MASERU — A private transport company has filed an urgent application in the High Court seeking an order to bar the Maseru City Council (MCC) from collecting levies from traders at the Manonyane Bus Stop area.
The Lesotho Public Motor Transport Company (Pty) Ltd (LPMTC) submitted in its application that the main bus station in Maseru belonged to them.
The LPMTC argues that the Maseru council should be barred from collecting rentals from traders and street vendors operating in the area.
The LPMTC is joined in the application by its parent company, the Lesotho Bus and Taxi Owners Association (LBTOA).
The LPMTC also wants the High Court to interdict the city council from presenting itself as the owners of the bus stop area.
It also wants all demarcations of land in dispute and all titles and rights attached to them declared null and void.
The company also wants the MCC to refund all levies it has collected from the traders “without the due process of the law”.
The LBTOA’s trustee who holds the association’s shares in the LPMTC, Ishmael Monare, told the court in his affidavit that there is a lease showing that the bus stop area belonged to his company.
“It is apposite to mention that in the lease itself, it has been spelled out that the lease includes the bus station not covered by the dimensions of the area designated for operations of the first applicant (LPMTC),” says Monare in the affidavit.
“The Maseru City Council has for some sophistry reasons held itself to be the owners of rights to the Manonyane Bus Stop and has even authorised construction of public latrines or toilets thereat to the benefit of a certain private individual and they are being rented,” he says.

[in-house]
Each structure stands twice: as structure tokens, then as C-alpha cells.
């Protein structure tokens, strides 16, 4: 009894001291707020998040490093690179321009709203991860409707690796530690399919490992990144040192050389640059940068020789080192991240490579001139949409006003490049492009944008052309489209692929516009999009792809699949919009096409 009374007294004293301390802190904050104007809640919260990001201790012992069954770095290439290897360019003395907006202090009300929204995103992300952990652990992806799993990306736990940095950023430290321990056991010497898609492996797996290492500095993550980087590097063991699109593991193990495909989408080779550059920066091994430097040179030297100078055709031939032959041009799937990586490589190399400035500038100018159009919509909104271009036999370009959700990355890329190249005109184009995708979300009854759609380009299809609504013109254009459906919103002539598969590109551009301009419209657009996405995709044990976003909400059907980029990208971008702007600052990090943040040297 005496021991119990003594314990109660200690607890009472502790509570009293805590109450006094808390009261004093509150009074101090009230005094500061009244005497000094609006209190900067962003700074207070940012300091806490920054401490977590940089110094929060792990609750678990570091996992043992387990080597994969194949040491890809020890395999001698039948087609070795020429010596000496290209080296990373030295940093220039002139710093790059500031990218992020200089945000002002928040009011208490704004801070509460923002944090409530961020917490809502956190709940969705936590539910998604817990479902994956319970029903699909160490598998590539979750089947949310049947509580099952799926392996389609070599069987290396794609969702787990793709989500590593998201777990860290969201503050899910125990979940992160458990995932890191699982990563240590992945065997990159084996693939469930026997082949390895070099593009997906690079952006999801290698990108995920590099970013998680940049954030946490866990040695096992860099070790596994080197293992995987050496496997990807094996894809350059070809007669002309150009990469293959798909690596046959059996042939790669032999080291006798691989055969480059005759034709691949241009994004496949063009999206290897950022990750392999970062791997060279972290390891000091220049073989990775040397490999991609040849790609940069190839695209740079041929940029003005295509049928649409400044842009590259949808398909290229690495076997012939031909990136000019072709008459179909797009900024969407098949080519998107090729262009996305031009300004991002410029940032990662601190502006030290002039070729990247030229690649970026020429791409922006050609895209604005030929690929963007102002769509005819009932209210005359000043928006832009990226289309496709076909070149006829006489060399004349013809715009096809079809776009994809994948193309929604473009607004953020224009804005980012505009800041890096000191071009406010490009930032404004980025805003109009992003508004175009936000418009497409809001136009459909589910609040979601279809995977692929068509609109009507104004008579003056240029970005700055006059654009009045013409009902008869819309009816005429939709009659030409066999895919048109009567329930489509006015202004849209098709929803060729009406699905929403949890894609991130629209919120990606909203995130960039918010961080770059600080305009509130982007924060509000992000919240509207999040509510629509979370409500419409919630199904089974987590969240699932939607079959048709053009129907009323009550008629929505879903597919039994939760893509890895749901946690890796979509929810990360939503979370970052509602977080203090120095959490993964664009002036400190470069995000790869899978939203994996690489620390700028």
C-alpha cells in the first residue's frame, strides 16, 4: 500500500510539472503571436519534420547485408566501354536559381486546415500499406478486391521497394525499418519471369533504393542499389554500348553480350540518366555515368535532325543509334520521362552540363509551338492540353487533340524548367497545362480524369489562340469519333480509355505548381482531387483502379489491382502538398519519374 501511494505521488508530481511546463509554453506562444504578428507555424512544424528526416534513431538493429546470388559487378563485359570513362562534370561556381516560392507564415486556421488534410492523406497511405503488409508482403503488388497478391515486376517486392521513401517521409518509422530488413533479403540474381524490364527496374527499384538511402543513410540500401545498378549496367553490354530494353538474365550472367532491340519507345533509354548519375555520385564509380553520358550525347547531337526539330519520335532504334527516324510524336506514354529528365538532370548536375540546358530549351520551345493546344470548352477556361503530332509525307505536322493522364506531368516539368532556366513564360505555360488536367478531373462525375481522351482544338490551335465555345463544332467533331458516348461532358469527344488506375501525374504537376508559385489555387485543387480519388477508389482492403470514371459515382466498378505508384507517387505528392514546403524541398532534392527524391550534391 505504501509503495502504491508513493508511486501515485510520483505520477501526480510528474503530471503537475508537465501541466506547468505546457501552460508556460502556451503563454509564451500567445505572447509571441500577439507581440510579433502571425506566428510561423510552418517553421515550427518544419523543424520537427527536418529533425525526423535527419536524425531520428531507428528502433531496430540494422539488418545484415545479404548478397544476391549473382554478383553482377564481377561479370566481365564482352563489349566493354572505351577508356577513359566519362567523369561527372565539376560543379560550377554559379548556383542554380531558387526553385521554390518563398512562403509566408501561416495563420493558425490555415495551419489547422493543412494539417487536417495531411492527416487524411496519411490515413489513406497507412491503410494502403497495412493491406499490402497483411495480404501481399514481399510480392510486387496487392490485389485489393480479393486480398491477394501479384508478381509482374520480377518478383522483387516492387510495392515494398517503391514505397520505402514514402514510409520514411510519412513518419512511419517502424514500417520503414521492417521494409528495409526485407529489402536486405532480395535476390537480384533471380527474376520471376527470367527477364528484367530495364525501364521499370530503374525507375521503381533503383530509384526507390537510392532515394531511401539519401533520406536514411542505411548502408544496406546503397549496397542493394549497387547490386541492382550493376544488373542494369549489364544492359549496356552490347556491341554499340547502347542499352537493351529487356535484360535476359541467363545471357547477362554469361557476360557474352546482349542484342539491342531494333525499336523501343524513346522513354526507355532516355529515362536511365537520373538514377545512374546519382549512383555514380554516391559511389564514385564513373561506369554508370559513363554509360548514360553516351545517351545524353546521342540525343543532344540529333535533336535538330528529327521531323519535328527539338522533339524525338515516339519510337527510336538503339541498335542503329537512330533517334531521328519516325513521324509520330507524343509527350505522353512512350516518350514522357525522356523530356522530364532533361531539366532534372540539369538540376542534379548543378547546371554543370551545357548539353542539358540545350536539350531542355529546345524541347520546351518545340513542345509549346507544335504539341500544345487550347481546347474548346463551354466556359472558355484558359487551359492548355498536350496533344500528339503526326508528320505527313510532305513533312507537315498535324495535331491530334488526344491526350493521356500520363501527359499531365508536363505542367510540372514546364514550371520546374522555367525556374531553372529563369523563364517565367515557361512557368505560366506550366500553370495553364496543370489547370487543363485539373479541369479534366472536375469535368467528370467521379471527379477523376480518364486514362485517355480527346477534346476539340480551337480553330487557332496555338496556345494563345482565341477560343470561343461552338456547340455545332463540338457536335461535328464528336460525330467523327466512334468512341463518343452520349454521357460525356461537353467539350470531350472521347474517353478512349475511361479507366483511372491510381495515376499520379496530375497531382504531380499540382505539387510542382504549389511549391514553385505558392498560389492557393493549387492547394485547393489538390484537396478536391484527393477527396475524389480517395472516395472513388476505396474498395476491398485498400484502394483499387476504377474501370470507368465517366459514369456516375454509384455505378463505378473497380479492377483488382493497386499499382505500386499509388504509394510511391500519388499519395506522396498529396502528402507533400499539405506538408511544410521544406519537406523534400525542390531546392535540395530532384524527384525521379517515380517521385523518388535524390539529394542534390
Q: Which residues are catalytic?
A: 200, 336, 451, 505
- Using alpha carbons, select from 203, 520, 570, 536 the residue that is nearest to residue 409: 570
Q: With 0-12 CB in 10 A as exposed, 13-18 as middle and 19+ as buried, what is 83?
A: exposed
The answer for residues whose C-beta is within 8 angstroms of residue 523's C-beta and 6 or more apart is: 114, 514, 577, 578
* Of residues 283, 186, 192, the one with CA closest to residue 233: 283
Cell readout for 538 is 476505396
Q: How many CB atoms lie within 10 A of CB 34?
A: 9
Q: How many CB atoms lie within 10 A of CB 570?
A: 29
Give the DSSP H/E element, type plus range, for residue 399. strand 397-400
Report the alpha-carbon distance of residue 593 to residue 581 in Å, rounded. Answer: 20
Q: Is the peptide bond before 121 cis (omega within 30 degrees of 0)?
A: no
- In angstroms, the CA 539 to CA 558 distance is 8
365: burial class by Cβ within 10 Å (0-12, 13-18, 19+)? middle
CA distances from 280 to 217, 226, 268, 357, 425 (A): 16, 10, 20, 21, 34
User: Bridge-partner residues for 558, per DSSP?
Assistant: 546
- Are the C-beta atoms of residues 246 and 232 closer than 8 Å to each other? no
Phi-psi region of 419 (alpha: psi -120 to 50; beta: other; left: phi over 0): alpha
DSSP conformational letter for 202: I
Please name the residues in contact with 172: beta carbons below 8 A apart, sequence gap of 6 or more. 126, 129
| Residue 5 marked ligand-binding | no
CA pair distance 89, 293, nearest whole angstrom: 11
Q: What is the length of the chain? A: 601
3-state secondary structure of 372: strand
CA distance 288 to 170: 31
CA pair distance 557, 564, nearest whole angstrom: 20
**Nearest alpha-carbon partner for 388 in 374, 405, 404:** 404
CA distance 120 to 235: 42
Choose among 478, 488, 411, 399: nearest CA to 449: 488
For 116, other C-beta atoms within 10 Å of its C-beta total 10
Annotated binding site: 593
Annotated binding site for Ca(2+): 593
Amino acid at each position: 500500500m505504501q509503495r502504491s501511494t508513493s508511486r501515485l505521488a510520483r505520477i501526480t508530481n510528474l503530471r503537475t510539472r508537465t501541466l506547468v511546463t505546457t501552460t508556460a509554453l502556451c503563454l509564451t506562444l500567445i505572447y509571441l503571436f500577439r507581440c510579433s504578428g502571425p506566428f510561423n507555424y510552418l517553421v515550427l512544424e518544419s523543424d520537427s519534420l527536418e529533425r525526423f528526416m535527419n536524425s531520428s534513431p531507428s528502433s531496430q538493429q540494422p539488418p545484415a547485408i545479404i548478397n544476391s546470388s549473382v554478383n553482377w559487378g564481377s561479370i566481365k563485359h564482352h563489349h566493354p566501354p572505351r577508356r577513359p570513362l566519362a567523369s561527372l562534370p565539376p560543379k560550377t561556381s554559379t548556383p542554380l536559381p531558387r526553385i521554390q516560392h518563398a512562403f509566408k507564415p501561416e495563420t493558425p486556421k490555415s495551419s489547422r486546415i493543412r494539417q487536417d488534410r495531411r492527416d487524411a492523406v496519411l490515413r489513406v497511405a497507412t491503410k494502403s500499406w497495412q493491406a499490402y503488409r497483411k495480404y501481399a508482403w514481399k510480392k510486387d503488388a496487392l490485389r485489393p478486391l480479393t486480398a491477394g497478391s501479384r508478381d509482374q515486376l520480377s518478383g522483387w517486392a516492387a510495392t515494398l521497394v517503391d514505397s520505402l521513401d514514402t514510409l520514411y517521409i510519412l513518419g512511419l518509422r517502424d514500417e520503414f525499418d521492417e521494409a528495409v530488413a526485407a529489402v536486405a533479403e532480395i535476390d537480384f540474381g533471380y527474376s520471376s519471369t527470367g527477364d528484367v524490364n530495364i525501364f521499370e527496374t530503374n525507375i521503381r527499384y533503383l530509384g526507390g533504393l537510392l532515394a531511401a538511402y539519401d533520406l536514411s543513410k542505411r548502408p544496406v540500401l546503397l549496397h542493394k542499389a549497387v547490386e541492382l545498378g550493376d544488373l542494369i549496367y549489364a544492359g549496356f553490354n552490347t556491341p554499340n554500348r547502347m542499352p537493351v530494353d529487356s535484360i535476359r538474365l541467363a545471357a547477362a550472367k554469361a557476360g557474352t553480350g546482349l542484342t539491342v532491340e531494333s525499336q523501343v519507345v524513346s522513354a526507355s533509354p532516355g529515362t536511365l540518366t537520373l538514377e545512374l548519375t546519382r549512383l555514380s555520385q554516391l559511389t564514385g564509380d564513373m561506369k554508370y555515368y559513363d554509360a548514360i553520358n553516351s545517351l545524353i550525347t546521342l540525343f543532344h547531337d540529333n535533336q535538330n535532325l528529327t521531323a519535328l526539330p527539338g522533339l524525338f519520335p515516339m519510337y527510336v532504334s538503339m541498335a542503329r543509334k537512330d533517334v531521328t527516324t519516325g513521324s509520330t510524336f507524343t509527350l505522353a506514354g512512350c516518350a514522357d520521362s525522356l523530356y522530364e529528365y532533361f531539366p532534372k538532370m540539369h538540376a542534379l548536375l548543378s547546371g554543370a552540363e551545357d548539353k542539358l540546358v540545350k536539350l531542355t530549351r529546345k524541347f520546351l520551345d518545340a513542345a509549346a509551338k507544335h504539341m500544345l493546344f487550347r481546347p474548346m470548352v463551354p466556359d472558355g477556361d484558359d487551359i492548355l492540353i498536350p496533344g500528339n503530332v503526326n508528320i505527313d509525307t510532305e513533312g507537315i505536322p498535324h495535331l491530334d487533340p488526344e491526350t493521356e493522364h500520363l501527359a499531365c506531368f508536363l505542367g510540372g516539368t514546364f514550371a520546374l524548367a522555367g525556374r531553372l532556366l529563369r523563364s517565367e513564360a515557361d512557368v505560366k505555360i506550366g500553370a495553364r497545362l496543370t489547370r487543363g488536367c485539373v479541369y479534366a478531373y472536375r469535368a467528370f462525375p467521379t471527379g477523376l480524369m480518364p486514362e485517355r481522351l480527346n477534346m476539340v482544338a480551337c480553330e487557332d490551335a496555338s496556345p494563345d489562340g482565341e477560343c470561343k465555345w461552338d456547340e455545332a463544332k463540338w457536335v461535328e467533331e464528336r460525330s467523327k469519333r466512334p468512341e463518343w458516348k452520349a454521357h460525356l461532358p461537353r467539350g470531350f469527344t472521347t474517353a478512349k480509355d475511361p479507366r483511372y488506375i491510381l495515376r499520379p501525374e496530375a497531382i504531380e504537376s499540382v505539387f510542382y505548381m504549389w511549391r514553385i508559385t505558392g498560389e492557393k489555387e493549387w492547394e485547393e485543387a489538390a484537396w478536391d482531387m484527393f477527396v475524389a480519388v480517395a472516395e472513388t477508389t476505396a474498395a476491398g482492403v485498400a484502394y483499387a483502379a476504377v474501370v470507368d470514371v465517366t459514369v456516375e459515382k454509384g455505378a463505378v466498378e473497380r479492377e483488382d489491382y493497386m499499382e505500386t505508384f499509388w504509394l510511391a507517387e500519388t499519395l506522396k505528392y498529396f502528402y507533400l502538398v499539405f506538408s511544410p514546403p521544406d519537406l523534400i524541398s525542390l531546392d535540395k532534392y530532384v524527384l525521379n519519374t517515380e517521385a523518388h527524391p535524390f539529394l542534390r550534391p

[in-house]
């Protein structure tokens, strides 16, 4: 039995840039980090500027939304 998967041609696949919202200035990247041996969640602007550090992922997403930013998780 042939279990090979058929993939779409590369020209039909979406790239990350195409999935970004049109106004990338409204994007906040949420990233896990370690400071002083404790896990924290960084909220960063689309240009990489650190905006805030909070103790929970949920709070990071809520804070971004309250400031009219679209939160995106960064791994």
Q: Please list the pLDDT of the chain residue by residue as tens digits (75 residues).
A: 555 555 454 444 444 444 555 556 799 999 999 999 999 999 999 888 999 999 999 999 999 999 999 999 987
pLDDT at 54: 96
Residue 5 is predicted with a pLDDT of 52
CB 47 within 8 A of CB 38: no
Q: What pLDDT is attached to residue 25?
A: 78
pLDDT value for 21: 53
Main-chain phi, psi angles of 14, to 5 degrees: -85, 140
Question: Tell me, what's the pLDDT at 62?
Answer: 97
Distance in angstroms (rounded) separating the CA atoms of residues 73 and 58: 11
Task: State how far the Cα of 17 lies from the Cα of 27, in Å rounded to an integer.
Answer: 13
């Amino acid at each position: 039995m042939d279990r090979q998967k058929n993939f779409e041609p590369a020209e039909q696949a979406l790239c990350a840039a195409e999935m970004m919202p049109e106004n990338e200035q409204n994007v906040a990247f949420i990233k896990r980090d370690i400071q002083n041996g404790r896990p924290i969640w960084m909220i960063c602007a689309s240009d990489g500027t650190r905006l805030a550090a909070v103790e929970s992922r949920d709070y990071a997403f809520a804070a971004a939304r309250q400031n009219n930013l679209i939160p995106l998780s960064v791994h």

“The municipality has authorised construction of toilets for its own benefit at applicant’s place without consent of the rightful owners and is reaping the profits exclusively to itself and to the business inconvenience of the title holders.”
The LPMTC also wants the MCC interdicted “from interfering with applicants’ commercial site in any manner”.
“It is apposite also to show that even the traders carrying their business thereat have sought and obtained permission to transact business they are doing from the personnel of the Maseru City Council which in turn is benefiting from the levies it charges them,” Monare argues.
Local Government Minister Pontšo Sekatle, who is bestowed with powers to oversee the allocation of land, is cited as the second respondent.
The Commissioner of Lands is cited as the third respondent while the Disaster Management Authority and the Committee of Traders at Manonyane Bus Stop are cited as the fourth and fifth respondent respectively.
The Ministry of Tourism and the Attorney General have also been cited as respondents.
“It is the standard practice of the Disaster Management Authority to survey the relevant areas and identify suitable sites for storage of hazardous gases under strict control and management as a preventative measure to establish a state of preparedness to deal with any eventualities which may arise,” says Monare in the court papers.
“The above alluded duty of the Disaster Management Authority is also intertwined with that of the municipality to inspect and ensure safety and security of the trading areas in the reserve areas,” he adds.
Monare argues that the situation at the bus stop area where traders sold cylinder gases was hazardous to the public.
“Keeping of hazardous gases like cylinder gases in the bus stop is a major element creating disastrous situations at the place of applicants and deviates drastically to the commercial ends for which the plot is purposed as a bus station.”
“The Maseru City Council has authorised varied trades at the bus stop including beer selling, gases and foodstuffs and informal restaurants without meeting minimum standard requirements decreed for suitability of those varied trades by the Ministry of Tourism, Environment and Culture and is benefitting out of that set-up,” the LPMTC submits.
The High Court is still to set a date to hear the case.